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Research Papers

On the Identities for Elastostatic Fundamental Solution and Nonuniqueness of the Traction BIE Solution for Multiconnected Domains

[+] Author and Article Information
Y. J. Liu

Mechanical Engineering,
University of Cincinnati,
Cincinnati, OH, 45221-0072
e-mail: Yijun.Liu@uc.edu

Y. Deng

Mechanical Engineering,
Hong Kong University of Science and Technology,
Hong Kong

1Corresponding author.

Manuscript received September 12, 2012; final manuscript received December 27, 2012; accepted manuscript posted February 12, 2013; published online July 12, 2013. Assoc. Editor: Glaucio H. Paulino.

J. Appl. Mech 80(5), 051012 (Jul 12, 2013) (9 pages) Paper No: JAM-12-1447; doi: 10.1115/1.4023640 History: Received September 12, 2012; Revised December 27, 2012; Accepted February 12, 2013

In this paper, the four integral identities satisfied by the fundamental solution for elastostatic problems are reviewed and slightly different forms of the third and fourth identities are presented. Two new identities, namely the fifth and sixth identities, are derived. These integral identities can be used to develop weakly singular and nonsingular forms of the boundary integral equations (BIEs) for elastostatic problems. They can also be employed to show the nonuniqueness of the solution of the traction (hypersingular) BIE for an elastic body on a multiconnected domain. This nonuniqueness is shown in a general setting in this paper. It is shown that the displacement (singular) BIE does not allow any rigid-body displacement terms, while the traction BIE can have arbitrary rigid-body translation and rotation terms, in the BIE solutions on the edge of a hole or surface of a void. Therefore, the displacement solution from the traction BIE is not unique. A remedy to this nonuniqueness solution problem with the traction BIE is proposed by adopting a dual BIE formulation for problems with multiconnected domains. A few numerical examples using the 2D elastostatic boundary element method for domains with holes are presented to demonstrate the uniqueness properties of the displacement, traction and the dual BIE solutions for multiconnected domain problems.

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Figures

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Fig. 1

A multiconnected domain V with outer boundary So and inner boundary SiSo∪Si = S)

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Fig. 2

Reversing the direction of the normal on Si before applying the identities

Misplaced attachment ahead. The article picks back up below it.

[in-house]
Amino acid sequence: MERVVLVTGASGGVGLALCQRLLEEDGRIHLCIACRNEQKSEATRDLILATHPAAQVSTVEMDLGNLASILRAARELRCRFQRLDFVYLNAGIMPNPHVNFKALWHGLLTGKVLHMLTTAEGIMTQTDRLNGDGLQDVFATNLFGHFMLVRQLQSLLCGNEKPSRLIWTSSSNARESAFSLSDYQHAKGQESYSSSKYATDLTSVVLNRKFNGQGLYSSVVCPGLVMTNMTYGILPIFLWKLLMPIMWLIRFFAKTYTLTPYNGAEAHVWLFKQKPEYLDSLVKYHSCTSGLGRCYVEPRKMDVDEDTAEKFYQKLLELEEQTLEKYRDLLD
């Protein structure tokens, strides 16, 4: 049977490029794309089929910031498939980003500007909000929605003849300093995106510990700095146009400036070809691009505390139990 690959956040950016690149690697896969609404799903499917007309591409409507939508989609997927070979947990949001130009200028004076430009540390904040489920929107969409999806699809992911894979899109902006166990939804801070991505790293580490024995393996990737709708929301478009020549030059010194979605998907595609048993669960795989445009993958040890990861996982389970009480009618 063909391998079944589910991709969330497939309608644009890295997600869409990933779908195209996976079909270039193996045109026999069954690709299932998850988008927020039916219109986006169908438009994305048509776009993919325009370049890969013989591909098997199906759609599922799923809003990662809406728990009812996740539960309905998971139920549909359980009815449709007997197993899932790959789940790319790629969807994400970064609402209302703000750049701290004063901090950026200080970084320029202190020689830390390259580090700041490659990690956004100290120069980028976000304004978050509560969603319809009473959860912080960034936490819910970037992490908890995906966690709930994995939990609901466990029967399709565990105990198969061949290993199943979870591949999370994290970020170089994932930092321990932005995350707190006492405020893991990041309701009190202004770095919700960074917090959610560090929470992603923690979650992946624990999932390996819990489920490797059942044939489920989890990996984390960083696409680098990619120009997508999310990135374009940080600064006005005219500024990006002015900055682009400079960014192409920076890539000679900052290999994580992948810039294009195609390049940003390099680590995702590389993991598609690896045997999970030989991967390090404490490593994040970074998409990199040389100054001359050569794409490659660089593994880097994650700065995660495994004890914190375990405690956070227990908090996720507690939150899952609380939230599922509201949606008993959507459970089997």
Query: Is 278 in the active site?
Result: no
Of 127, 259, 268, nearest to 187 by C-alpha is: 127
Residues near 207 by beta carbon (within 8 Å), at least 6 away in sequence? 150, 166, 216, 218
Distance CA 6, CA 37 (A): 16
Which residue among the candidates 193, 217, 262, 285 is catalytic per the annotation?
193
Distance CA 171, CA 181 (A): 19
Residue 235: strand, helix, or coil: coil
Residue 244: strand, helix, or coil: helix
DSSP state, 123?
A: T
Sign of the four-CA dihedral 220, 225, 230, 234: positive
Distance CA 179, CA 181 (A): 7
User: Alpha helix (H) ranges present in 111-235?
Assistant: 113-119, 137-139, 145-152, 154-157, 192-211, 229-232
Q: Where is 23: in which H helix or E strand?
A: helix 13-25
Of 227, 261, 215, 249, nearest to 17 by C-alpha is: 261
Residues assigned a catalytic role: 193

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Fig. 10

The last several singular values of matrices [T] shown in (a) and [M] shown in (b) for the plate with four holes. The circles, squares, triangles and stars represent the values obtained from meshes with 140, 280, 560 and 2900 elements, respectively.

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Fig. 3

A square plate with one circular hole

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Fig. 4

The last several singular values of the influence matrix [T] and its submatrices. The singular values are labeled consecutively using integer numbers. Circles, squares, triangles and stars represent the values obtained from meshes with 80, 160, 320, and 640 elements respectively. With the mesh of 640 elements, the condition numbers of [T], [Too],[Toi] and [Tii] shown in (a), (b), (c) and (d), respectively are 2.9 × 106, 1.8 × 106, 3.0 × 107 and 3.2.

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Fig. 5

The last several singular values of the influence matrix [M] and its submatrices. The singular values are labeled consecutively using integer numbers. Circles, squares, triangles and stars represent the values obtained from meshes with 80, 160, 320, and 640 elements respectively. With the mesh of 640 elements, the condition numbers of [M], [Moo],[Moi] and [Mii] shown in (a), (b), (c) and (d), respectively are 3.0 × 104, 1.5 × 104, 5.8 × 107 and 7.4 × 103.

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Fig. 6

The shapes of the plate before and after deformation. The circles show the plate before deformation, and the stars and pentagons represent the deformed shapes obtained from the displacement BIE and dual BIE, respectively. The points marked as diamonds and squares illustrate the two deformed shapes obtained with two different meshes from the traction BIE.

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Fig. 7

The effect of β on the performance of the dual BIE formulation: the last ten singular values of [D] at a few selected β values

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Fig. 8

A schematic of a plate with four circular holes

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Fig. 9

The last several singular values of matrices [T] shown in (a) and [M] shown in (b) for the plate with two holes. The circles, squares, triangles and stars represent the values obtained from meshes with 200, 400, 800 and 1252 elements, respectively.

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